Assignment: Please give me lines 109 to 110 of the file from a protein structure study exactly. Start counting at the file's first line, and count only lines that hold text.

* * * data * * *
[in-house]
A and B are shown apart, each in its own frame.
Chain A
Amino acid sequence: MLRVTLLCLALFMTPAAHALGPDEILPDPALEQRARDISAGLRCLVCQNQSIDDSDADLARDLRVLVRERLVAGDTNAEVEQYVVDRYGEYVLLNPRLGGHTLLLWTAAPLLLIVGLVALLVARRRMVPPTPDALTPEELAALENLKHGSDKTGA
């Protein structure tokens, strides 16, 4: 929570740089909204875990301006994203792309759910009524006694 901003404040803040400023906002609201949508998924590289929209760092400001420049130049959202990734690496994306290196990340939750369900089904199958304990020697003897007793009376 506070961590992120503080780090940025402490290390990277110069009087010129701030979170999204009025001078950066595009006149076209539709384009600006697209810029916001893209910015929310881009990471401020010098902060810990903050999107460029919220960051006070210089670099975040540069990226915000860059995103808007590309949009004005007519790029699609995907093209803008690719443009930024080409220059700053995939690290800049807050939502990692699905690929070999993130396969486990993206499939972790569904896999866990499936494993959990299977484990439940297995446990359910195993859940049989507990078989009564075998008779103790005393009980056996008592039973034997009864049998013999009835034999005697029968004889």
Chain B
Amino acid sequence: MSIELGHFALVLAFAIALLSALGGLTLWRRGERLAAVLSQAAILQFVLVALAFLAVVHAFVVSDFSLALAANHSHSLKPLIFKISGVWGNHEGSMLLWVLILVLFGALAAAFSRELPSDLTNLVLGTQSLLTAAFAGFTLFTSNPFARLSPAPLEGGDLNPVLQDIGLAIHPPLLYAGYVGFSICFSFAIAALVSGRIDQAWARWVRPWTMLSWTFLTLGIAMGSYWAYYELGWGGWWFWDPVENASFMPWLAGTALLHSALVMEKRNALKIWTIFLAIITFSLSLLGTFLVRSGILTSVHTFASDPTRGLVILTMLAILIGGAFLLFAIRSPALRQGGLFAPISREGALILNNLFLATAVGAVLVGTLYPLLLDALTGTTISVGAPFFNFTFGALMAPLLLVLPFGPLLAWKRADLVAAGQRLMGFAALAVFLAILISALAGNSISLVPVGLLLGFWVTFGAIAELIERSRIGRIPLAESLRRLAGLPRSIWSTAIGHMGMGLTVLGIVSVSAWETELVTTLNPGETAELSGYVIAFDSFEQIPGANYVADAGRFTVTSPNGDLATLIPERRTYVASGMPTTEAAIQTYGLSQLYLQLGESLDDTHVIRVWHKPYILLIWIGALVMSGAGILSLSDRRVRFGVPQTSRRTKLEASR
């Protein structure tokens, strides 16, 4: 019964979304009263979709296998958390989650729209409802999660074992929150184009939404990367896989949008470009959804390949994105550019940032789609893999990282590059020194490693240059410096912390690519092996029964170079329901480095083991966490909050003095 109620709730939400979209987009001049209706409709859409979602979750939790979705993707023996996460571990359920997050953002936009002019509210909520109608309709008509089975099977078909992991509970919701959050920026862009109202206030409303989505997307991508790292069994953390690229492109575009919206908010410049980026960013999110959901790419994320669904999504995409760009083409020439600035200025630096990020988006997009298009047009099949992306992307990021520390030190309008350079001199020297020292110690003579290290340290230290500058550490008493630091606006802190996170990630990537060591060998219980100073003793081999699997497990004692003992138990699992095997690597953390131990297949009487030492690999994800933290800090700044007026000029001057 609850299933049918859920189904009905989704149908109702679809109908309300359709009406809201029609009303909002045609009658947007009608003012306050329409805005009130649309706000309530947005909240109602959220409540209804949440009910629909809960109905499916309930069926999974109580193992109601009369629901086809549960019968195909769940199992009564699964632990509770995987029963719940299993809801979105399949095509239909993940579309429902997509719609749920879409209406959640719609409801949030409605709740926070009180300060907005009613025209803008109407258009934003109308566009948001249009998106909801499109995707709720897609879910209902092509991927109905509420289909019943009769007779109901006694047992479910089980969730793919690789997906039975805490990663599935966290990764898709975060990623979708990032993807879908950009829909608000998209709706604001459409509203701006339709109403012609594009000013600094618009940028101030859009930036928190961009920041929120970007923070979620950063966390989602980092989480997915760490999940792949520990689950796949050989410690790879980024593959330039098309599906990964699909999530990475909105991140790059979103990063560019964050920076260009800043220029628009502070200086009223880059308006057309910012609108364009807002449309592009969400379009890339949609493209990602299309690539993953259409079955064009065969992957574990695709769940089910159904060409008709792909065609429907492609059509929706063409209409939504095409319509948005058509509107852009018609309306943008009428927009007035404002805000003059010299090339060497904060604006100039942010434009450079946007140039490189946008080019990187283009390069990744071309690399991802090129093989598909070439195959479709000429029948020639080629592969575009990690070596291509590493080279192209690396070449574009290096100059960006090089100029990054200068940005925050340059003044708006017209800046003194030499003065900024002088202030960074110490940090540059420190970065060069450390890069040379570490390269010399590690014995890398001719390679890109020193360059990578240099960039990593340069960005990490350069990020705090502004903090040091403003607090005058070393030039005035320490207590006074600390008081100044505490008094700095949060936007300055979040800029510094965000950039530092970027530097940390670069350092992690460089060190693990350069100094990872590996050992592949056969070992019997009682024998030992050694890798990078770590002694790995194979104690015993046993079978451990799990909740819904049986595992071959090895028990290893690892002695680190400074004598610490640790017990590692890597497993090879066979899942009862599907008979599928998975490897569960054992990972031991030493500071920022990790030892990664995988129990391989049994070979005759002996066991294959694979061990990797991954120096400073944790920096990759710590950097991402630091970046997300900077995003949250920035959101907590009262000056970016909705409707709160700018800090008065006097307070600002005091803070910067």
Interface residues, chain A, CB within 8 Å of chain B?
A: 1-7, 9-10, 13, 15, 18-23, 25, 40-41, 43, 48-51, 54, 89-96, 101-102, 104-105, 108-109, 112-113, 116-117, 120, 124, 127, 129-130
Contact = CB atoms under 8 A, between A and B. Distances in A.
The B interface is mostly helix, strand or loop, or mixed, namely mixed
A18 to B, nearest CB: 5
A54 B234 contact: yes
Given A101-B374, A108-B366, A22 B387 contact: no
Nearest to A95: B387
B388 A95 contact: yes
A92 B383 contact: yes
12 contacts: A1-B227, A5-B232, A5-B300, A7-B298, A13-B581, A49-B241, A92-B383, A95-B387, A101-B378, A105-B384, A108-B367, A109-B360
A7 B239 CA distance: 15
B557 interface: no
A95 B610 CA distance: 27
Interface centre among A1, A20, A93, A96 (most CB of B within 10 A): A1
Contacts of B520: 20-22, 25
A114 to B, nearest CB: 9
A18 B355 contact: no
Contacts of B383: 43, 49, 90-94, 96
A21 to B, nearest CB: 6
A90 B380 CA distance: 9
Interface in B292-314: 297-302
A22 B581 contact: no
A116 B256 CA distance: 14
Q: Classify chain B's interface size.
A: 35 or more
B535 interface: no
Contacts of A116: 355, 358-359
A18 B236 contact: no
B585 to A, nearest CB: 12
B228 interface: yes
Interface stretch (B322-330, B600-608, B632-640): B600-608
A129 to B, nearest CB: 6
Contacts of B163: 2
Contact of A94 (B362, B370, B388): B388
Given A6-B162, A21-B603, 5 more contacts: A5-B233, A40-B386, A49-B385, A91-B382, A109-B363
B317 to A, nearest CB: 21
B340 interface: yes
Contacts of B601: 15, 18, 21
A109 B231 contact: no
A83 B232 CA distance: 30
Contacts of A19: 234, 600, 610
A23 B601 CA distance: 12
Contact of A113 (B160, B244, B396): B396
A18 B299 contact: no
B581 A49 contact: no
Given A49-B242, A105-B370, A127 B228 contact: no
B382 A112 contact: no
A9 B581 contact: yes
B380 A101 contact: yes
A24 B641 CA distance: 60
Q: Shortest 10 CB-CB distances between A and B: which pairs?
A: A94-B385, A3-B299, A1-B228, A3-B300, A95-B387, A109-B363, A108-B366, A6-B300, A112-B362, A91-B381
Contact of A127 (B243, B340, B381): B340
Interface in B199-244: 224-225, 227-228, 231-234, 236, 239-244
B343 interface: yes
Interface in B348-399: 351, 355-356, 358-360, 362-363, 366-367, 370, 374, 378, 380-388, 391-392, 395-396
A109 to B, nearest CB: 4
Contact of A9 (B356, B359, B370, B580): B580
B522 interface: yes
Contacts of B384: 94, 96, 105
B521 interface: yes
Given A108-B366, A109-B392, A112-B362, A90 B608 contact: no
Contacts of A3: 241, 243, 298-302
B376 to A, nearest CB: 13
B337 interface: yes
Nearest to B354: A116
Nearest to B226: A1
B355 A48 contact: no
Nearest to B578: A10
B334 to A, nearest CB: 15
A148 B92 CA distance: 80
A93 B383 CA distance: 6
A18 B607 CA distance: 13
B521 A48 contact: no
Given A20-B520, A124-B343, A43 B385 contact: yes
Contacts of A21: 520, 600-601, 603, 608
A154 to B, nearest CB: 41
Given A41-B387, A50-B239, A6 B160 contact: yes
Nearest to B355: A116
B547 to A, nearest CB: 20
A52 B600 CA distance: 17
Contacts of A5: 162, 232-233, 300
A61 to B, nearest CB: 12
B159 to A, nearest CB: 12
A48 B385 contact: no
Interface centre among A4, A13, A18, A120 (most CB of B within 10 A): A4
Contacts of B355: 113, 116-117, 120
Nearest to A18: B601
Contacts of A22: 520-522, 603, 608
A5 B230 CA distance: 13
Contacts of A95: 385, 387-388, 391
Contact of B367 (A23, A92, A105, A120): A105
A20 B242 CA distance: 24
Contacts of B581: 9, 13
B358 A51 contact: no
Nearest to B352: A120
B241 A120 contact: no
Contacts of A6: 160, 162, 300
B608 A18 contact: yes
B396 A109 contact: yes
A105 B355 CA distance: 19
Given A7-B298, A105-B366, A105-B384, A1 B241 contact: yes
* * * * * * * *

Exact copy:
B396 A109 contact: yes
A105 B355 CA distance: 19